Inverter Circuit For Soldering Iron
Here is a simple but inexpensive inverter for using a small soldering iron (25W, 35W, etc) In the
absence of mains supply. It uses eight transistors and a few resistors and capacitors. Transistors
Q1 and Q2 (each BC547) form an astable multivibrator that produces 50Hz signal. The
complementary outputs from the collectors of transistors Q1 and Q2 are fed to pnp Darlington
driver stages formed by transistor pairs Q3-Q5 and Q4-Q6 (utilising BC558 and BD140).
The outputs from the drivers are fed to transistors Q7 and Q8 (each 2N3055) connected for pushpull operation. Use suitable heat-sinks for transistors Q5 through Q8. A 230V AC primary to
12V-0-12V, 4.5A secondary transformer (T1) is used. The centre-tapped terminal of the
secondary of the transformer is connected to the battery (12V, 7Ah), while the other two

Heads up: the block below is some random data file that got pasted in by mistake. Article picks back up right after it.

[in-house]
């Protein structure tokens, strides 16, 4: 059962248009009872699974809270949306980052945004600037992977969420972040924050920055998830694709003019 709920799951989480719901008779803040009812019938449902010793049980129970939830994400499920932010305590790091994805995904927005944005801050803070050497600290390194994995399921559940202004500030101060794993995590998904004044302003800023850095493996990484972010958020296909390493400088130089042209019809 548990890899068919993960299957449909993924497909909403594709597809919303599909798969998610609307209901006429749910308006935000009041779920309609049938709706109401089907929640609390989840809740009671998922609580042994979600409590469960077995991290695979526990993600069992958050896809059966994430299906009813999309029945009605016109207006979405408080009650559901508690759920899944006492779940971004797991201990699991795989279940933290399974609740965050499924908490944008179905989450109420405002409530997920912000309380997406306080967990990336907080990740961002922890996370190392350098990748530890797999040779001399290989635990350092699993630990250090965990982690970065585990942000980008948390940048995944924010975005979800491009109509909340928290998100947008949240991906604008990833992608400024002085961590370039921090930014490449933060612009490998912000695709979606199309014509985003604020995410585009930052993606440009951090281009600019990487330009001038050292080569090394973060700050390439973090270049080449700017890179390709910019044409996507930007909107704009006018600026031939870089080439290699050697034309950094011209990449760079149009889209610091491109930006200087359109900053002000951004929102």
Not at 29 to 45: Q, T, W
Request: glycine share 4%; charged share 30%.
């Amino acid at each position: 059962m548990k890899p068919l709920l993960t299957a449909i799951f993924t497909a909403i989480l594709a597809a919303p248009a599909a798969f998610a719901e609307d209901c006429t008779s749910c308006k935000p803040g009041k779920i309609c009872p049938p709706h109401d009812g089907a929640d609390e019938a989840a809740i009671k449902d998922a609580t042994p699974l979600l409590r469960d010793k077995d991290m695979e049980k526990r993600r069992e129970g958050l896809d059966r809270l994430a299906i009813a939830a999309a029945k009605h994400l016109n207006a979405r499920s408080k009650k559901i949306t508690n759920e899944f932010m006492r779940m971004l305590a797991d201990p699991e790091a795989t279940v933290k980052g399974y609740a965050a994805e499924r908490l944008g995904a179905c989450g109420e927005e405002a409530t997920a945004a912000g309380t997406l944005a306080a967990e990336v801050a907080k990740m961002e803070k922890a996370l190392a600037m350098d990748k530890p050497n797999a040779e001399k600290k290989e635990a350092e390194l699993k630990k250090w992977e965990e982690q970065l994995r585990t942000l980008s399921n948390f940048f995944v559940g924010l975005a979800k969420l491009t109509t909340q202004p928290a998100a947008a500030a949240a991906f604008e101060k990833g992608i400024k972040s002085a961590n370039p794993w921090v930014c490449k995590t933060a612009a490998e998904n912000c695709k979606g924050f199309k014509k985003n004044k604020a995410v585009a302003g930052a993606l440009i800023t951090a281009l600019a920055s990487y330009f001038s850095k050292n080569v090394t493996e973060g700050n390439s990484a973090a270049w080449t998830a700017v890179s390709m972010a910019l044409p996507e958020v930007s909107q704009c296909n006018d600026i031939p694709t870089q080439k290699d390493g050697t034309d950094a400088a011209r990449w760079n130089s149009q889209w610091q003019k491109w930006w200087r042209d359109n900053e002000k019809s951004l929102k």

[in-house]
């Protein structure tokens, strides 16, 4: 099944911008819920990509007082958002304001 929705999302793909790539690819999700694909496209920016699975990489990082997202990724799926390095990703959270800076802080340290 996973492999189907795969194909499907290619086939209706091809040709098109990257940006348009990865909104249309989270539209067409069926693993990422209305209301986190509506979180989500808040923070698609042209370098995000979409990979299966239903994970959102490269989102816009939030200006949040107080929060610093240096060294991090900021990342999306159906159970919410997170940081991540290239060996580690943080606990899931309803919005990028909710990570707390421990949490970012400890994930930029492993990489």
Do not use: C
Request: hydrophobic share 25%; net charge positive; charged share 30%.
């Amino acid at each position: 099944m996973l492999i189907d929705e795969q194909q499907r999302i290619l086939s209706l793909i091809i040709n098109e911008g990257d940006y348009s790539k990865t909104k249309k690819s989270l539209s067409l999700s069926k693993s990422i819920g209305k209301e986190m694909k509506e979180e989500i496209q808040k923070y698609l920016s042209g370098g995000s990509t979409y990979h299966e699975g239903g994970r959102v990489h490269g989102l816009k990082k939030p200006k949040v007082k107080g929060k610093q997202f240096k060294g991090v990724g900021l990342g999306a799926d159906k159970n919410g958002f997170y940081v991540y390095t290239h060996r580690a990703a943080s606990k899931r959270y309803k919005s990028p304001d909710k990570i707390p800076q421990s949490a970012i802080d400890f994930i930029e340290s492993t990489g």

terminals of the secondary are connected to the collectors of power transistors T7 and T8,
When you power the circuit using switch S1, transformer X1 produces 230V AC at its primary
terminal. This voltage can be used to heat your soldering iron. Assemble the circuit on a
generalpurpose PCB and house in a suitable cabinet. Connect the battery and transformer with
suitable current-carrying wires. On the front panel of the box, fit power switch S1 and a 3-pin
socket for connecting the soldering iron. Note that the ratings of the battery, transistors T7 and
T8, and transformer may vary as these all depend on the load (soldering iron).